Our favorite content of the week, neatly packaged for your audio pleasure. On this show, the secret science behind sports fan-dom, dogs audition for a starring role in a New Hampshire play, Cryonics is (maybe) reborn, New Hampshire prospectors pan for gold, and Baz Lurhmann talks about a new album of 20's-style jazz covers of songs by Beyonce, Jay-Z, Alicia Keys, and other pop stars.

Leo Reynolds via Flickr Creative Commons

Our favorite content from Word of Mouth's weekday show...all wrapped up in one gratifying and glam program.

This week: The emerging forum for high school confessions on Facebook; a sunny picture for the relationship success of online daters; a documentary looks at the life of experiential journalist George Plimpton; Dr. Who's potential recast as a woman; and Glam matters more than you know.

amysimmer via Flickr Creative Commons

The huge breakthrough in math that came from the brain of a relative unknown in mathematics got us thinking about the way math genius has been portrayed in pop culture.

It didn't take a genius to come up with this prime number...our top five moments in movies.

5. Little Man Tate upstages the "mathemagician," proving that a child prodigy can, sadly, be over the genius hill.

Alex Giron via Flickr Creative Commons

Our favorite content, all in one spit-polished piece of ear candy. 

This week, a program pairs juvenile delinquents with Russian literature, a musician asking NYC commuters what inspires them, a play about traumatic brain injury, Pulitzer Prize winning author Elizabeth, and the healing power of a special horse named Chester.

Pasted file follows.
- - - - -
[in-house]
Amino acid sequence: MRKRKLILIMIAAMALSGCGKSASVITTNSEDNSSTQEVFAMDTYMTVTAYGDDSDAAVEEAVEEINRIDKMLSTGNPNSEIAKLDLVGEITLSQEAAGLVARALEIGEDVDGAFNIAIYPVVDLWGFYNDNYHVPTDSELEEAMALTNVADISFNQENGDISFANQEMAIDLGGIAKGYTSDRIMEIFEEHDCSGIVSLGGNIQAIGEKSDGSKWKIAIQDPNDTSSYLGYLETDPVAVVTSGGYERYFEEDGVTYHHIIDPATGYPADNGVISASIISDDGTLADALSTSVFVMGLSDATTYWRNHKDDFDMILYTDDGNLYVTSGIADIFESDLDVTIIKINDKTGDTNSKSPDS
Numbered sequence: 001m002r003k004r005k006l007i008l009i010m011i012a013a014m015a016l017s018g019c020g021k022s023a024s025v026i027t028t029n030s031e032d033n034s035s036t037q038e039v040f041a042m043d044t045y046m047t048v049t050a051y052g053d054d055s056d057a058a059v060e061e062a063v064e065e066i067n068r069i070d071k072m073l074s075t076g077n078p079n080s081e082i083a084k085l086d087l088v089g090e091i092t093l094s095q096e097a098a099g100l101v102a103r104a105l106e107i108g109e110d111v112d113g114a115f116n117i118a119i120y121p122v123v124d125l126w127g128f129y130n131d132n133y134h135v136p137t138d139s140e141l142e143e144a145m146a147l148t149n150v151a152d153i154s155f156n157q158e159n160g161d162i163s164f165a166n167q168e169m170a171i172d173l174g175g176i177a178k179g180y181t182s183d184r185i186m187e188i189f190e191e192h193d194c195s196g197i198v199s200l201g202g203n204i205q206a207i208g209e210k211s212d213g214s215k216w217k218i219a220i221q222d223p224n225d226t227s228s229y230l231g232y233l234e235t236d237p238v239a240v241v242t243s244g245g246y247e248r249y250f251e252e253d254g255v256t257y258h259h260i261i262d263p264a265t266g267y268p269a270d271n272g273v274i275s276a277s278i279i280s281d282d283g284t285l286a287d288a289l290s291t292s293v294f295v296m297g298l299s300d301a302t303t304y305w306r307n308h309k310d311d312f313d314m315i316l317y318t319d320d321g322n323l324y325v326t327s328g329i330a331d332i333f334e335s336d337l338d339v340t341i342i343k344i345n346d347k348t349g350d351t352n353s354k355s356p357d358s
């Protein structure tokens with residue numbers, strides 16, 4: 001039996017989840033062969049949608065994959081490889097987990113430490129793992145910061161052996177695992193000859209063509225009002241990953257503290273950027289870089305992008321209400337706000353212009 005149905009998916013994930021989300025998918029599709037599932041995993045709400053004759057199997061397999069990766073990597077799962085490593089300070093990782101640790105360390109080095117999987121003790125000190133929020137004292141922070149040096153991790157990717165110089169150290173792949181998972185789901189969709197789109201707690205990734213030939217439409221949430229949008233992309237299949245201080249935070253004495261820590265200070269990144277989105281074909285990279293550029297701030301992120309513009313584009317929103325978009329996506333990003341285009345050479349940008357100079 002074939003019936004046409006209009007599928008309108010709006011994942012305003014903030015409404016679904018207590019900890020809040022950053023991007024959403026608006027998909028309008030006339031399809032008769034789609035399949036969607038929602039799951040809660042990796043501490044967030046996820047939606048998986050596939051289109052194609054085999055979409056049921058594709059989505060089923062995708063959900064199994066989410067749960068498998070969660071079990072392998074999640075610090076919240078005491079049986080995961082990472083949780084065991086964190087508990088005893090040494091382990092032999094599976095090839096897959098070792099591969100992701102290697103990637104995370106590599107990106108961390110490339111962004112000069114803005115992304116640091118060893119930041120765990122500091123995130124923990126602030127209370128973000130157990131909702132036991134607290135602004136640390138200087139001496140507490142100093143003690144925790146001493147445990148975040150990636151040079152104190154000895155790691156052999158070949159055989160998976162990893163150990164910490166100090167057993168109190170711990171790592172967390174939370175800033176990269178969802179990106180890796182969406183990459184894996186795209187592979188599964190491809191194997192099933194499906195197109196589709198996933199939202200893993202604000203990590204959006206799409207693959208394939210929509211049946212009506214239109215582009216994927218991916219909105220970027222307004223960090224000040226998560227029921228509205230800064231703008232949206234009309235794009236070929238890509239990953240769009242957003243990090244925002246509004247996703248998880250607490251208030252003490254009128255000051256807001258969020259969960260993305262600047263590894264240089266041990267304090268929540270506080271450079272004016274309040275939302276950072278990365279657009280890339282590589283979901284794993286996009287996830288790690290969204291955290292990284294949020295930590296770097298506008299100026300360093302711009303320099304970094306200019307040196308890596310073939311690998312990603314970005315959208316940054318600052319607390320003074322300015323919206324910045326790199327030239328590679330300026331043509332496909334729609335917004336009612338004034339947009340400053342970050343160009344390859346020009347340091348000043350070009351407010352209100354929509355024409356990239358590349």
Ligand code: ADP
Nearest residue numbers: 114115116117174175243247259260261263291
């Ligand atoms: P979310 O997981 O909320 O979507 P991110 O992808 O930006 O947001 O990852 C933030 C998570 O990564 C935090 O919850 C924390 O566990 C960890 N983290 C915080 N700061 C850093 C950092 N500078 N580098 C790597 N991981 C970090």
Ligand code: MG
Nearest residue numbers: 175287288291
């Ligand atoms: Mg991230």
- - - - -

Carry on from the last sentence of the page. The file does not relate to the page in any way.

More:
Leo Reynolds via Flickr Creative Commons

Our freshest and tastiest content, wrapped up in one zesty hour of radio. This week, "A New View."

A political scientist believes that Jane Austen may have been a master of Game Theory. And the surprising, twisted artistry and uses of Victorian-era walking canes.


Leo Reynolds via flickr Creative Commons

In this special edition of Word of Mouth: Girl Power Interrupted.

Leo Reynolds via flickr Creative Commons

In this special edition of Word of Mouth: are we catching up with technology? This week we'll explore the very human way we interact with technology; resistance is futile.

Leo Reynolds via flickr Creative Commons

“Taking a new step, uttering a new word, is what people fear most.”

-Fyodor Dostoyevsky  from Crime and Punishment

In this fearless edition of Word of Mouth, we take new steps and utter new words about crime, punishment and everything in between.

Leo Reynolds via flickr Creative Commons

Behold! This week's Saturday show focuses on a bevy of our favorite segments that investigate "Art in the Real World."

Hello Community Advisory Board Members,

I am really looking forward to our discussion on April 27, and hearing feedback about NHPR's Word of Mouth. In preparation for our discussion I would love to have you listen to a few short pieces of sound and then share your impressions in a very brief survey (link below).

Thank you so much, and I look forward to meeting you all.

Rebecca Lavoie

Senior Producer, Word of Mouth

Question 1

Leo Reynolds via flickr Creative Commons

We bring you a collection of tasty segments we know you'll love, using the powers of public radio telepathy. 

Alex Mallis via